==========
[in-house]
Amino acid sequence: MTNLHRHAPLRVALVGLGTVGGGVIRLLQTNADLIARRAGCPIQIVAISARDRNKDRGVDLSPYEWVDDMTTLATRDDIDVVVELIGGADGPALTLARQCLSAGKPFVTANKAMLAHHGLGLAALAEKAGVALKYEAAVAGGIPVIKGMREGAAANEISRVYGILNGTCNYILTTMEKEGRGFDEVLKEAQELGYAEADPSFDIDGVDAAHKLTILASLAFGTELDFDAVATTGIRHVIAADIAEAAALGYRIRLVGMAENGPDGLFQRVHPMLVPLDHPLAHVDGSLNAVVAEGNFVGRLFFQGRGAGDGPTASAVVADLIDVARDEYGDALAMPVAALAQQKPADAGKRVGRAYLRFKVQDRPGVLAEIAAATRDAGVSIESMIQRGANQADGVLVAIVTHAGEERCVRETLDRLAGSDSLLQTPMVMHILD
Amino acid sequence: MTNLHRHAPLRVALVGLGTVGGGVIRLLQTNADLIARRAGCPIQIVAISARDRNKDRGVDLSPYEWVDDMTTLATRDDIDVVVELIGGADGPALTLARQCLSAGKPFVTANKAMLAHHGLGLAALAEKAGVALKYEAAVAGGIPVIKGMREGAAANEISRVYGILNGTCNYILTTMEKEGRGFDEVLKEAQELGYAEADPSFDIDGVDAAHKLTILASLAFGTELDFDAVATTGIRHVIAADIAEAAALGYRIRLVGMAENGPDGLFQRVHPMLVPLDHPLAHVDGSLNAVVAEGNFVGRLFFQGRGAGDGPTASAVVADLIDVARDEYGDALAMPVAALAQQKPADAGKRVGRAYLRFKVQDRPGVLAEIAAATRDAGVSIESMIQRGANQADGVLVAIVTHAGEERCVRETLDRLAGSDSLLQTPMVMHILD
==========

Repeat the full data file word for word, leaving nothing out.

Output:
[in-house]
Amino acid sequence: MTNLHRHAPLRVALVGLGTVGGGVIRLLQTNADLIARRAGCPIQIVAISARDRNKDRGVDLSPYEWVDDMTTLATRDDIDVVVELIGGADGPALTLARQCLSAGKPFVTANKAMLAHHGLGLAALAEKAGVALKYEAAVAGGIPVIKGMREGAAANEISRVYGILNGTCNYILTTMEKEGRGFDEVLKEAQELGYAEADPSFDIDGVDAAHKLTILASLAFGTELDFDAVATTGIRHVIAADIAEAAALGYRIRLVGMAENGPDGLFQRVHPMLVPLDHPLAHVDGSLNAVVAEGNFVGRLFFQGRGAGDGPTASAVVADLIDVARDEYGDALAMPVAALAQQKPADAGKRVGRAYLRFKVQDRPGVLAEIAAATRDAGVSIESMIQRGANQADGVLVAIVTHAGEERCVRETLDRLAGSDSLLQTPMVMHILD
Amino acid sequence: MTNLHRHAPLRVALVGLGTVGGGVIRLLQTNADLIARRAGCPIQIVAISARDRNKDRGVDLSPYEWVDDMTTLATRDDIDVVVELIGGADGPALTLARQCLSAGKPFVTANKAMLAHHGLGLAALAEKAGVALKYEAAVAGGIPVIKGMREGAAANEISRVYGILNGTCNYILTTMEKEGRGFDEVLKEAQELGYAEADPSFDIDGVDAAHKLTILASLAFGTELDFDAVATTGIRHVIAADIAEAAALGYRIRLVGMAENGPDGLFQRVHPMLVPLDHPLAHVDGSLNAVVAEGNFVGRLFFQGRGAGDGPTASAVVADLIDVARDEYGDALAMPVAALAQQKPADAGKRVGRAYLRFKVQDRPGVLAEIAAATRDAGVSIESMIQRGANQADGVLVAIVTHAGEERCVRETLDRLAGSDSLLQTPMVMHILD